A fine, high precision mill/drilling machine, an ideal companion to the SC2 lathe. Constructed in cast iron with a finely ground table with 12mm T slots, and ground and hardened slideways. The milling head and column can tilt to 45° left or right for compound angle milling or drilling. The ample power comes from a high torque, brushless 500W DC motor with variable speed, giving a spindle speed range of 100 - 2,500rpm. It also has a notably quiet running spindle belt drive system. The spindle has an internal 3MT bore to enable a large range of tooling to be used. The headstock quill has a fine downfeed control feature for milling and a rack and pinion downfeed system for drilling. A gas support strut holds the headstock in position. The table leadscrews are covered for protection against swarf and debris. There is a connection port on the headstock for the optional digital spindle speed display panel. Supplied with a drill chuck and arbor, safety guard, tools and three drawbars 10mm, 12mm, 3/8 Whitworth. This is a superb, small mill for the model engineer or school use.
|End Milling Capacity||20mm|
|Face Milling Capacity||35mm|
|Head Tilt||45° - 0° - 45°|
|Lateral Table Movement||100mm|
|Longitudinal Table Movement||220mm|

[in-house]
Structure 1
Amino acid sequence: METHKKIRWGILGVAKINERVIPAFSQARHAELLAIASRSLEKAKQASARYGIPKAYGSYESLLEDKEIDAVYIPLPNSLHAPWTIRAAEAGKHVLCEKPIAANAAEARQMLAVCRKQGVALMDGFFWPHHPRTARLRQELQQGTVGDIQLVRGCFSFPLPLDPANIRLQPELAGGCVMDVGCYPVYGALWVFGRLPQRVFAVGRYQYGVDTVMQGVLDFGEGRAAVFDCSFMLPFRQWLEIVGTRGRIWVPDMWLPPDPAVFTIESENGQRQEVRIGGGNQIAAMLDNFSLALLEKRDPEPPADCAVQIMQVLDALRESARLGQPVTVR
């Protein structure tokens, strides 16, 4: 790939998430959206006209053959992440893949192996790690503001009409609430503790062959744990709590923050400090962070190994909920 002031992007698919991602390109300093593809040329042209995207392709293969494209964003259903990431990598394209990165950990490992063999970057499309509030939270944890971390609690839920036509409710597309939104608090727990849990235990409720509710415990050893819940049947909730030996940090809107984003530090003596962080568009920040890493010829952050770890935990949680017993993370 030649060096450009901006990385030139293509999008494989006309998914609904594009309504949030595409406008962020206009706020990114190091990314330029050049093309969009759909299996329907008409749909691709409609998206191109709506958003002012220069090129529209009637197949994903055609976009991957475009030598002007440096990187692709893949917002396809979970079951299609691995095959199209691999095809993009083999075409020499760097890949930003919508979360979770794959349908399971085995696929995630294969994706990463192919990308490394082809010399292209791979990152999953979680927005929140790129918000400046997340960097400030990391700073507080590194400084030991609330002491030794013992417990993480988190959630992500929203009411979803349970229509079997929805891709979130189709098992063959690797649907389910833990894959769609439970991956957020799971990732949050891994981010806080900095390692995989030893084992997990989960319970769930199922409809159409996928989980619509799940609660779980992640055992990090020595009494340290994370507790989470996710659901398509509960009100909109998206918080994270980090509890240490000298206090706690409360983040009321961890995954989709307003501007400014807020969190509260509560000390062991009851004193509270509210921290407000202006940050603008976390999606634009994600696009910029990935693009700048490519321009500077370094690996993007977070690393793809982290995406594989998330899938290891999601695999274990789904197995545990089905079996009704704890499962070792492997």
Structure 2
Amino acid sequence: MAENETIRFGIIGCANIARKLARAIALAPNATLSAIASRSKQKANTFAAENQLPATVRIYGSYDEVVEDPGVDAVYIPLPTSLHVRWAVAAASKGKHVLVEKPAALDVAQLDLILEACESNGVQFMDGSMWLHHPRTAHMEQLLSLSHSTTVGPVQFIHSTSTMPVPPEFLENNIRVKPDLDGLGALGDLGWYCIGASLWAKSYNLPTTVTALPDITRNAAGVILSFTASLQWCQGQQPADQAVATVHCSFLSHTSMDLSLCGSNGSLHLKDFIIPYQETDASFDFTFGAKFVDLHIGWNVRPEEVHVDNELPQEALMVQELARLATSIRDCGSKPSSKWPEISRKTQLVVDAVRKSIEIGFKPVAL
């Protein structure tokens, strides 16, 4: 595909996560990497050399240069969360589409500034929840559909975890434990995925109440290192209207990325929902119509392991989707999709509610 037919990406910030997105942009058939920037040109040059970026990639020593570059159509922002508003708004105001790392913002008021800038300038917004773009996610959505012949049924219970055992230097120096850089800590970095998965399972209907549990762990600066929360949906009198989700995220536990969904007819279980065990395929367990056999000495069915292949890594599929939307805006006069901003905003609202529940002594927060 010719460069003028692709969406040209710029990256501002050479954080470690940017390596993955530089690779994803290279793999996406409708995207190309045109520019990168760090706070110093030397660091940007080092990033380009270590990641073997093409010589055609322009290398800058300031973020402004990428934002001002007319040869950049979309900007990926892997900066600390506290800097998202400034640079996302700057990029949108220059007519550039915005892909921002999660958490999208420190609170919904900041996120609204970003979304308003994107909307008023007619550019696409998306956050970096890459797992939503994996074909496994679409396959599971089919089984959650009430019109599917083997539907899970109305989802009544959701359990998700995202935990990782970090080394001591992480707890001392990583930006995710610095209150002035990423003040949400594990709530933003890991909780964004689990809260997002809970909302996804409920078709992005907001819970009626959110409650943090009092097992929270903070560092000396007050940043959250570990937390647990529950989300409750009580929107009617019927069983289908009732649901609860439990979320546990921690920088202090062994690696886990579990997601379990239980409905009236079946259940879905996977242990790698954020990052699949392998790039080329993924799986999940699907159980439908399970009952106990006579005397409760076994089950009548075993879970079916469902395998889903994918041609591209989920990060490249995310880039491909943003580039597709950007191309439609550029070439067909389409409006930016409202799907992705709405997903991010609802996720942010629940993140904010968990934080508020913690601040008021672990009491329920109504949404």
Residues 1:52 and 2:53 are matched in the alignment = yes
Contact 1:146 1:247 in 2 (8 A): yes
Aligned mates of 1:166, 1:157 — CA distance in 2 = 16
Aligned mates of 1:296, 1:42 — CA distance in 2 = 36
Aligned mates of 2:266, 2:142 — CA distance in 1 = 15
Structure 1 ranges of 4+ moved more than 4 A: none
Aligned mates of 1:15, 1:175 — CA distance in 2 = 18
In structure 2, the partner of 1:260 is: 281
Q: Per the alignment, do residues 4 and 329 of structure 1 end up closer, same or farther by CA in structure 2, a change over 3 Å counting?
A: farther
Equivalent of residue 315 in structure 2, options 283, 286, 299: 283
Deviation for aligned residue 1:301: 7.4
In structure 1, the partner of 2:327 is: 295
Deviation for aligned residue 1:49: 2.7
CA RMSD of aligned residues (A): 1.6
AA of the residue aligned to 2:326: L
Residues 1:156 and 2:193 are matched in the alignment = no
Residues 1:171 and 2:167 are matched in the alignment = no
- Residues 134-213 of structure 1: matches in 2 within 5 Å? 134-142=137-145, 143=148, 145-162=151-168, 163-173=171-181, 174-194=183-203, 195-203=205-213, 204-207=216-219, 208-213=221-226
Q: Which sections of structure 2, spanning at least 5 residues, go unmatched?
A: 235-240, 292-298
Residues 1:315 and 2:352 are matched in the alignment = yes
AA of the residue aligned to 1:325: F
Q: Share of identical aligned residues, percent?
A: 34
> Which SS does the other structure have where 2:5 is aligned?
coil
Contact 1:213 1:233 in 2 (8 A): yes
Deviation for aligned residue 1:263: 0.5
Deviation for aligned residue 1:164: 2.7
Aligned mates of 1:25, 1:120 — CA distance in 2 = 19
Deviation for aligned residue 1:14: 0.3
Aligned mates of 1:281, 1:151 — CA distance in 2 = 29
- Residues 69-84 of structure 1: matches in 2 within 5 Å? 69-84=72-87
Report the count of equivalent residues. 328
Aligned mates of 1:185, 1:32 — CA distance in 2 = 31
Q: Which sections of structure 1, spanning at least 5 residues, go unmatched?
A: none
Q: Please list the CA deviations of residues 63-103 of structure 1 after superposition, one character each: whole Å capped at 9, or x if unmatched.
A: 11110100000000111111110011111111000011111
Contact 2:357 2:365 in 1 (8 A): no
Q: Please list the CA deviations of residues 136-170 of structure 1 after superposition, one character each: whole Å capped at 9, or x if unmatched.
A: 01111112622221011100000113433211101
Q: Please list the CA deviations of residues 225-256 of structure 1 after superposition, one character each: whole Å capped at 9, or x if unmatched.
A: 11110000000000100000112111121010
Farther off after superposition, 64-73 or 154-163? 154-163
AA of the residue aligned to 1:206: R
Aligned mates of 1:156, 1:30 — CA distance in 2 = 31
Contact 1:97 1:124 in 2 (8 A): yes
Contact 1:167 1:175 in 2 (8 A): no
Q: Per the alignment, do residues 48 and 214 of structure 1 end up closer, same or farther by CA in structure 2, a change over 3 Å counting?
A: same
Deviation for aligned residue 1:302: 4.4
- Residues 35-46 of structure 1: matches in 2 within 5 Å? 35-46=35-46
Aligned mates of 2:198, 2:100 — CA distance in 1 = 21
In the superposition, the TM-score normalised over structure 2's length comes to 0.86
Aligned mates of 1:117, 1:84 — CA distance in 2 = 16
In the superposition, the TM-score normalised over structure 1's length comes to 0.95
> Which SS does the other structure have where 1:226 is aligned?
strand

|Nose of Spindle to Table [Max]||280mm|
|Overall L x W x H||520 x 500 x 825mm|
|Table Size||390 x 100mm|
|T Slot Size||12mm|
16 June 2017
Invaluable MachineThis is a great little machine. I find that it is versatile and has managed to do all of the jobs that I have wanted it to do so far. The vertical axis can be set at an angle which I have found very useful. I don't know how I ever managed without one.
27 June 2015
Good machineHaving recently bought this machine I can only say that overall it is excellent little machine, with good features & is very easy to use. I am toolroom apprenticed trained[ be it a long time ago], I have found the X & Y axis having 0.15 m/m pitch & 75 divisions with 1.5m/m per revolution is confusing when trying to establish a distance with a two decimal point digits [eg 56.21 mm]. You have to work out the number of revolutions required by dividing the figure by 1.5 & then working out the remainder for the distance left after takingaway the number of revolutions distance from the original required measurement. Not difficult but ponderous & dosn't look right when you've done it. Both myself & toolmaker friend spent a long time convincing us we had got it right. We are both recently retired engineers/toolmaker so maybe we are locked in an imperial mind set. Other wise thoroughly enjoying using the machine.